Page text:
Redesign matters: Brand awareness, revenue, and growth

Recently I’ve been in discussions with several publishers in stable markets who are considering redesign. They contacted me to inquire about how a relationship with a consultant might work, and I gave them a number of options. One interesting facet of their plans: targeting a launch date of 18 months or more away.

I asked, why wait so long? Unless you are installing new presses, or awaiting a big loan to clear from the bank, I say, dive in! Here’s why.

If you know the time is right for a revamp, your advertisers may sense this, too. They may constantly be asking the question: should I renew my ad contract? Should I scale back? A redesign effort can head off attrition. Even if they are not sitting around awaiting your redesign, they will almost certainly embrace it when they hear the news. (If you have a devoted following among readers, as these companies seem to, they are probably not sitting around complaining about how stale the headline font seems, so let’s focus on advertisers for the moment.)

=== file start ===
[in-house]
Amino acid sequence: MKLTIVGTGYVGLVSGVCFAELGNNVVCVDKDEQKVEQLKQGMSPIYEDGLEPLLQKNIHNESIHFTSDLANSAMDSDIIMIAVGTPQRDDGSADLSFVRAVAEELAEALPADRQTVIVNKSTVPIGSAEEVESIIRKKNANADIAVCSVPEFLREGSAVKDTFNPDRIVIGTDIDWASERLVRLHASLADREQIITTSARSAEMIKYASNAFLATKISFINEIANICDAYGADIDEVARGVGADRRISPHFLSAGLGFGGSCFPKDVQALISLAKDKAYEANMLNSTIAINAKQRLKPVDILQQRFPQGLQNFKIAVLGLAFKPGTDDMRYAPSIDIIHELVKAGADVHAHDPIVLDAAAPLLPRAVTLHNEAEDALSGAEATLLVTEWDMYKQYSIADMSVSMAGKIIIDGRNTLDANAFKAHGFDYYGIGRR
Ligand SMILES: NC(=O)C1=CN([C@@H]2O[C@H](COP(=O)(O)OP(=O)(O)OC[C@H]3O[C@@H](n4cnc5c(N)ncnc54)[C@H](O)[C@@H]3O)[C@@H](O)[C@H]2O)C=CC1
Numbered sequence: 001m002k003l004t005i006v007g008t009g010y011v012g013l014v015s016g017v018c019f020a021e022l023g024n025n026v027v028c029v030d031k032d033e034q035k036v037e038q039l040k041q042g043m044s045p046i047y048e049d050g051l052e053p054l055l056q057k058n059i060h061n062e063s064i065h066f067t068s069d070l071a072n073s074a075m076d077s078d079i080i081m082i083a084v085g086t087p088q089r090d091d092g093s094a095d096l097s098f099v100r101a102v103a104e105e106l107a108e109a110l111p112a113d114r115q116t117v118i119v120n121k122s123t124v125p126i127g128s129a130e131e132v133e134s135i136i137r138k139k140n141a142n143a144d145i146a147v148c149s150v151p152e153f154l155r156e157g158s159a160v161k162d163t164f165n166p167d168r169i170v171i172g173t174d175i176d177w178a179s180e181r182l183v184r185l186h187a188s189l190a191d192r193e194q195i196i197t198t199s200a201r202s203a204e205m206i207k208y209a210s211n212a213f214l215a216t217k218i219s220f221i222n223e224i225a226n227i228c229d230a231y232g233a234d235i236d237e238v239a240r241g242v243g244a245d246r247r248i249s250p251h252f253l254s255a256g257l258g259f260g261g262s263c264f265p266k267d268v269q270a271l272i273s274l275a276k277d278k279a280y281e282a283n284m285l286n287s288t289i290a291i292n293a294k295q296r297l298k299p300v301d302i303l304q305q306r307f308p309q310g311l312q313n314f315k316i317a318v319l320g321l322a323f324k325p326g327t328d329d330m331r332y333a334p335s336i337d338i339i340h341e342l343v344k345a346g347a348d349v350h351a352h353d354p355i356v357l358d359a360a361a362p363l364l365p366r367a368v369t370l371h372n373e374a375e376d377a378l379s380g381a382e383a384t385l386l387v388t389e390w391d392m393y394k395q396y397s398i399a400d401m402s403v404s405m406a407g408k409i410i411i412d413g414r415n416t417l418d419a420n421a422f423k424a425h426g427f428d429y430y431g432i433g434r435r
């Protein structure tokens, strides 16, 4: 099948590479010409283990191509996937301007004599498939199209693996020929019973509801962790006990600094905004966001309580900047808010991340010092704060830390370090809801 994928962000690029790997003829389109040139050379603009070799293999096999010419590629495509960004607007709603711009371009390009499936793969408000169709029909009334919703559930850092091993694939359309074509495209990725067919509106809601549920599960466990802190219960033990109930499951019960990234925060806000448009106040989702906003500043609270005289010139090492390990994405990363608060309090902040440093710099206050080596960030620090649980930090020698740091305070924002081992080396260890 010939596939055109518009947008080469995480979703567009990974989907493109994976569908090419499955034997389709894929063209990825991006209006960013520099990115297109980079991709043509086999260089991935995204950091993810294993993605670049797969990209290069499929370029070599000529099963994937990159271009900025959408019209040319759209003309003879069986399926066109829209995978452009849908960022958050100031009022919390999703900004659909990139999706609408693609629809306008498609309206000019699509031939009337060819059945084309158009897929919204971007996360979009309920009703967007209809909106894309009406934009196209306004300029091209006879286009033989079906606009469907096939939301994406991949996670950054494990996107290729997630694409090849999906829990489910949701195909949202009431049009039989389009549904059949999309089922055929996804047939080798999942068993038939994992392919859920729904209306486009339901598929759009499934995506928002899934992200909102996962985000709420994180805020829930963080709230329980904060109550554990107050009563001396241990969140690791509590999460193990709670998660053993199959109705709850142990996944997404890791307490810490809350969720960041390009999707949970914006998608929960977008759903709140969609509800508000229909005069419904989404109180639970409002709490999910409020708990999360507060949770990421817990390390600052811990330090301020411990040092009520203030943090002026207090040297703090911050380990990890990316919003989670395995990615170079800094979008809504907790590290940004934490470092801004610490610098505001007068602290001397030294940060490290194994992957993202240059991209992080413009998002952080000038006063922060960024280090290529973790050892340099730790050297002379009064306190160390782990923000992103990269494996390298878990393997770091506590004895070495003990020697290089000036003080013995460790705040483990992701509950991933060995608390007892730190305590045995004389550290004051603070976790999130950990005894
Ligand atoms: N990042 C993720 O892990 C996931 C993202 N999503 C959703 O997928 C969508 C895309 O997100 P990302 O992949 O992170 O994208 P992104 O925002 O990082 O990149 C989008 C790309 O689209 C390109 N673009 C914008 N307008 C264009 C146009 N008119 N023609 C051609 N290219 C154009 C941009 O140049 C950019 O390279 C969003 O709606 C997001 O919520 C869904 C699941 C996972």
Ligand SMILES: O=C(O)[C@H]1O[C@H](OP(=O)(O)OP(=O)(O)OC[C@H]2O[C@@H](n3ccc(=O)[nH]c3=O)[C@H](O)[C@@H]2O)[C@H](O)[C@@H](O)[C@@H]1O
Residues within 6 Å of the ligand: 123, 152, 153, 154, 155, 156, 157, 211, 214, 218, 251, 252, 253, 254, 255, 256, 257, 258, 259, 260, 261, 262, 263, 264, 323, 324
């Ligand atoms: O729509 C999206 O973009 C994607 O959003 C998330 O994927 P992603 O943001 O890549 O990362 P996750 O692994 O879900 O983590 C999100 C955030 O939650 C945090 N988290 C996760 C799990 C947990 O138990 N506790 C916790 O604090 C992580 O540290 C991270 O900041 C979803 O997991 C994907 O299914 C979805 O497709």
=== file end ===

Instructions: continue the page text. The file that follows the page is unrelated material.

Even if they are more or less content, there’s virtue in revamping sooner rather than later if you can show advertisers – current and potential, and yes, even lost – that you are still in the game, that you are in a healthy position, and that you are investing in improvements. You especially want to convince them that you can showcase their messages to readers in a fresh, dynamic light, and draw additional attention to their campaigns with your own marketing and outreach.

The end goal of all this? New or renewed advertising contracts. Then, potentially, higher ad rates down the line, greater revenue, expansion of your editorial and marketing product lines. A successful print redesign can be the mechanism that cements a multimedia ad package for your clients – a comprehensive print/web/email campaign – and helps them understand how print is just one component of a successful outreach effort.

If you are a trusted source in your market, a solid redesign sooner rather than later may also be the signal that helps you expand into a broader communications company – offering website design, annual reports, catalogs, direct mail or other collateral.

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